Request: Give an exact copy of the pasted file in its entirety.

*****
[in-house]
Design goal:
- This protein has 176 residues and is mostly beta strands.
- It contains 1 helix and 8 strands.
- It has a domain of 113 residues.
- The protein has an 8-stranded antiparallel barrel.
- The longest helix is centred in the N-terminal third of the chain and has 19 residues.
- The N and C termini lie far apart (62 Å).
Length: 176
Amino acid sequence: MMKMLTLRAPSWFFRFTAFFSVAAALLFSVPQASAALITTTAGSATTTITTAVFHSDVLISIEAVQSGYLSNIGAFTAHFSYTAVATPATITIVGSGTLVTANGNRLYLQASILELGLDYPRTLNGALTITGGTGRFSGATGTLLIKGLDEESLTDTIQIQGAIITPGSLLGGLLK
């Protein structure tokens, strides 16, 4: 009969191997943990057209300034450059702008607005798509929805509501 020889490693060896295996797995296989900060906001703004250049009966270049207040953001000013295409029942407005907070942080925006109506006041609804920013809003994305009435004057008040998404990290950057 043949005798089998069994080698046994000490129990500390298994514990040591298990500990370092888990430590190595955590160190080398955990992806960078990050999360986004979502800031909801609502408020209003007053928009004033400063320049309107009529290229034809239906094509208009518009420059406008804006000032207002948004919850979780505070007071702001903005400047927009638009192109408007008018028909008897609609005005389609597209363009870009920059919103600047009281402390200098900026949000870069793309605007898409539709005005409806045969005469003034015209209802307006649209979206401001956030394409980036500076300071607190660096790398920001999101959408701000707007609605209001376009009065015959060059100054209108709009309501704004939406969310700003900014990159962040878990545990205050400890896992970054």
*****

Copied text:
[in-house]
Design goal:
- This protein has 176 residues and is mostly beta strands.
- It contains 1 helix and 8 strands.
- It has a domain of 113 residues.
- The protein has an 8-stranded antiparallel barrel.
- The longest helix is centred in the N-terminal third of the chain and has 19 residues.
- The N and C termini lie far apart (62 Å).
Length: 176
Amino acid sequence: MMKMLTLRAPSWFFRFTAFFSVAAALLFSVPQASAALITTTAGSATTTITTAVFHSDVLISIEAVQSGYLSNIGAFTAHFSYTAVATPATITIVGSGTLVTANGNRLYLQASILELGLDYPRTLNGALTITGGTGRFSGATGTLLIKGLDEESLTDTIQIQGAIITPGSLLGGLLK
């Protein structure tokens, strides 16, 4: 009969191997943990057209300034450059702008607005798509929805509501 020889490693060896295996797995296989900060906001703004250049009966270049207040953001000013295409029942407005907070942080925006109506006041609804920013809003994305009435004057008040998404990290950057 043949005798089998069994080698046994000490129990500390298994514990040591298990500990370092888990430590190595955590160190080398955990992806960078990050999360986004979502800031909801609502408020209003007053928009004033400063320049309107009529290229034809239906094509208009518009420059406008804006000032207002948004919850979780505070007071702001903005400047927009638009192109408007008018028909008897609609005005389609597209363009870009920059919103600047009281402390200098900026949000870069793309605007898409539709005005409806045969005469003034015209209802307006649209979206401001956030394409980036500076300071607190660096790398920001999101959408701000707007609605209001376009009065015959060059100054209108709009309501704004939406969310700003900014990159962040878990545990205050400890896992970054």